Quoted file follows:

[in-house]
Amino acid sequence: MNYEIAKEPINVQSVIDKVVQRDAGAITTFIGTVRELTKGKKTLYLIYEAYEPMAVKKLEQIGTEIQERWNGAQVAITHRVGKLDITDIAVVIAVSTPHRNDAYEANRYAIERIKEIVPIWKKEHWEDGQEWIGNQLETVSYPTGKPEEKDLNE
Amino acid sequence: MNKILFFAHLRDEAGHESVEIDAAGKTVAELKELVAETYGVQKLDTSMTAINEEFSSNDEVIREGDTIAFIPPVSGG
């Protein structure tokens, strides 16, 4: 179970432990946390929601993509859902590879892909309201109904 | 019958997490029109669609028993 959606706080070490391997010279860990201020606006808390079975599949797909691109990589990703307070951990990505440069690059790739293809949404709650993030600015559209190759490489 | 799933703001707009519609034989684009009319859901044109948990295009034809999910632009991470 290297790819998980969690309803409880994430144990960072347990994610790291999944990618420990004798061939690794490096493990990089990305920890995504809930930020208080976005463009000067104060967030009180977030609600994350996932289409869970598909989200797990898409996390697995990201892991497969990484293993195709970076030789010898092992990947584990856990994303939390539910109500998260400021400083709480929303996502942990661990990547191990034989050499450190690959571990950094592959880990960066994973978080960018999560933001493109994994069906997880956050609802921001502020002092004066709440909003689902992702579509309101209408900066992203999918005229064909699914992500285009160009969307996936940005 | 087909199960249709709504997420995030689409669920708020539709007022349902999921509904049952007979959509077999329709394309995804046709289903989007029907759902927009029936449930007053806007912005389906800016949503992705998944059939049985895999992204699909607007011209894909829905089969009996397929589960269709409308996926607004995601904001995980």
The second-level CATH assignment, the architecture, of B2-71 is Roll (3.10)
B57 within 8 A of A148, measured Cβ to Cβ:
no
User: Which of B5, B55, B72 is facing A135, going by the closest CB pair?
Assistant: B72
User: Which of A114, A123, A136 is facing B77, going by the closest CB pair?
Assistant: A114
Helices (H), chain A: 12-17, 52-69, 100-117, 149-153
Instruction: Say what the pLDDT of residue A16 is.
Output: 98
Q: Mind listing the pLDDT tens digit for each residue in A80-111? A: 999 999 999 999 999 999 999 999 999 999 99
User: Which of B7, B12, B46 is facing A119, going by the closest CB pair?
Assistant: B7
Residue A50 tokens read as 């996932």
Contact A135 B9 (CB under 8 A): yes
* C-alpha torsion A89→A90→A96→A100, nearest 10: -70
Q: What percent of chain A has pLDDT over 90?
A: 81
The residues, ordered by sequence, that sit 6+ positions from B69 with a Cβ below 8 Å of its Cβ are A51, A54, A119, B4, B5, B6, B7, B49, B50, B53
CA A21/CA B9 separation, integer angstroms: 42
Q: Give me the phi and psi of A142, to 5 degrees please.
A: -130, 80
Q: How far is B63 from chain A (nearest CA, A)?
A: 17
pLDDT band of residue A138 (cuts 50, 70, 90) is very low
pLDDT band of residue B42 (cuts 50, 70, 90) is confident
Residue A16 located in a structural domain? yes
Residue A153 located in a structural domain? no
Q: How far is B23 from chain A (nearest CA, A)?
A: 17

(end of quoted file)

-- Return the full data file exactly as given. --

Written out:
[in-house]
Amino acid sequence: MNYEIAKEPINVQSVIDKVVQRDAGAITTFIGTVRELTKGKKTLYLIYEAYEPMAVKKLEQIGTEIQERWNGAQVAITHRVGKLDITDIAVVIAVSTPHRNDAYEANRYAIERIKEIVPIWKKEHWEDGQEWIGNQLETVSYPTGKPEEKDLNE
Amino acid sequence: MNKILFFAHLRDEAGHESVEIDAAGKTVAELKELVAETYGVQKLDTSMTAINEEFSSNDEVIREGDTIAFIPPVSGG
């Protein structure tokens, strides 16, 4: 179970432990946390929601993509859902590879892909309201109904 | 019958997490029109669609028993 959606706080070490391997010279860990201020606006808390079975599949797909691109990589990703307070951990990505440069690059790739293809949404709650993030600015559209190759490489 | 799933703001707009519609034989684009009319859901044109948990295009034809999910632009991470 290297790819998980969690309803409880994430144990960072347990994610790291999944990618420990004798061939690794490096493990990089990305920890995504809930930020208080976005463009000067104060967030009180977030609600994350996932289409869970598909989200797990898409996390697995990201892991497969990484293993195709970076030789010898092992990947584990856990994303939390539910109500998260400021400083709480929303996502942990661990990547191990034989050499450190690959571990950094592959880990960066994973978080960018999560933001493109994994069906997880956050609802921001502020002092004066709440909003689902992702579509309101209408900066992203999918005229064909699914992500285009160009969307996936940005 | 087909199960249709709504997420995030689409669920708020539709007022349902999921509904049952007979959509077999329709394309995804046709289903989007029907759902927009029936449930007053806007912005389906800016949503992705998944059939049985895999992204699909607007011209894909829905089969009996397929589960269709409308996926607004995601904001995980």
The second-level CATH assignment, the architecture, of B2-71 is Roll (3.10)
B57 within 8 A of A148, measured Cβ to Cβ:
no
User: Which of B5, B55, B72 is facing A135, going by the closest CB pair?
Assistant: B72
User: Which of A114, A123, A136 is facing B77, going by the closest CB pair?
Assistant: A114
Helices (H), chain A: 12-17, 52-69, 100-117, 149-153
Instruction: Say what the pLDDT of residue A16 is.
Output: 98
Q: Mind listing the pLDDT tens digit for each residue in A80-111? A: 999 999 999 999 999 999 999 999 999 999 99
User: Which of B7, B12, B46 is facing A119, going by the closest CB pair?
Assistant: B7
Residue A50 tokens read as 């996932």
Contact A135 B9 (CB under 8 A): yes
* C-alpha torsion A89→A90→A96→A100, nearest 10: -70
Q: What percent of chain A has pLDDT over 90?
A: 81
The residues, ordered by sequence, that sit 6+ positions from B69 with a Cβ below 8 Å of its Cβ are A51, A54, A119, B4, B5, B6, B7, B49, B50, B53
CA A21/CA B9 separation, integer angstroms: 42
Q: Give me the phi and psi of A142, to 5 degrees please.
A: -130, 80
Q: How far is B63 from chain A (nearest CA, A)?
A: 17
pLDDT band of residue A138 (cuts 50, 70, 90) is very low
pLDDT band of residue B42 (cuts 50, 70, 90) is confident
Residue A16 located in a structural domain? yes
Residue A153 located in a structural domain? no
Q: How far is B23 from chain A (nearest CA, A)?
A: 17